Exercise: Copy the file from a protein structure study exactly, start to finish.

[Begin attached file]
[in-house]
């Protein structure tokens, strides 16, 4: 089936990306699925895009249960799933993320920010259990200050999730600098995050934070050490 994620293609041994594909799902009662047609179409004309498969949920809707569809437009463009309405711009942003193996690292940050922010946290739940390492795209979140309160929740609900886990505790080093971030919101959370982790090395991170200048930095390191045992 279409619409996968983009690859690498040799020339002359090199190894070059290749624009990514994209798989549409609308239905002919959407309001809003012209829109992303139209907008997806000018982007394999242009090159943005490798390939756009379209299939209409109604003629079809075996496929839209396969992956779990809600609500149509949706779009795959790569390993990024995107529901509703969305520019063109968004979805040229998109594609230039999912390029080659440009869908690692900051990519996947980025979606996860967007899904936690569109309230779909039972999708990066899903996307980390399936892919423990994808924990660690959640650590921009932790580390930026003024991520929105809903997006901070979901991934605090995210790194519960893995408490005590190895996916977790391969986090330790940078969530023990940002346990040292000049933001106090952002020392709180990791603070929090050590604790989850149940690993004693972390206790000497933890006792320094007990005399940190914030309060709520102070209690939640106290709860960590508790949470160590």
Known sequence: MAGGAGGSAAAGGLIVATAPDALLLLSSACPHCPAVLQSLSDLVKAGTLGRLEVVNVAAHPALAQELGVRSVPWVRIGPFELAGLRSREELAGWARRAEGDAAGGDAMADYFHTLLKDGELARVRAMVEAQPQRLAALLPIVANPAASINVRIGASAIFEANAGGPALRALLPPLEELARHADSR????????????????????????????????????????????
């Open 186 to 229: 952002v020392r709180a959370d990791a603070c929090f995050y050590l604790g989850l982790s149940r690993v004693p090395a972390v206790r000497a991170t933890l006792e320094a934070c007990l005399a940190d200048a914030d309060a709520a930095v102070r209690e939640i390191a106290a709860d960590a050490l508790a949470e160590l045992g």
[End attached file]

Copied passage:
[in-house]
């Protein structure tokens, strides 16, 4: 089936990306699925895009249960799933993320920010259990200050999730600098995050934070050490 994620293609041994594909799902009662047609179409004309498969949920809707569809437009463009309405711009942003193996690292940050922010946290739940390492795209979140309160929740609900886990505790080093971030919101959370982790090395991170200048930095390191045992 279409619409996968983009690859690498040799020339002359090199190894070059290749624009990514994209798989549409609308239905002919959407309001809003012209829109992303139209907008997806000018982007394999242009090159943005490798390939756009379209299939209409109604003629079809075996496929839209396969992956779990809600609500149509949706779009795959790569390993990024995107529901509703969305520019063109968004979805040229998109594609230039999912390029080659440009869908690692900051990519996947980025979606996860967007899904936690569109309230779909039972999708990066899903996307980390399936892919423990994808924990660690959640650590921009932790580390930026003024991520929105809903997006901070979901991934605090995210790194519960893995408490005590190895996916977790391969986090330790940078969530023990940002346990040292000049933001106090952002020392709180990791603070929090050590604790989850149940690993004693972390206790000497933890006792320094007990005399940190914030309060709520102070209690939640106290709860960590508790949470160590």
Known sequence: MAGGAGGSAAAGGLIVATAPDALLLLSSACPHCPAVLQSLSDLVKAGTLGRLEVVNVAAHPALAQELGVRSVPWVRIGPFELAGLRSREELAGWARRAEGDAAGGDAMADYFHTLLKDGELARVRAMVEAQPQRLAALLPIVANPAASINVRIGASAIFEANAGGPALRALLPPLEELARHADSR????????????????????????????????????????????
């Open 186 to 229: 952002v020392r709180a959370d990791a603070c929090f995050y050590l604790g989850l982790s149940r690993v004693p090395a972390v206790r000497a991170t933890l006792e320094a934070c007990l005399a940190d200048a914030d309060a709520a930095v102070r209690e939640i390191a106290a709860d960590a050490l508790a949470e160590l045992g």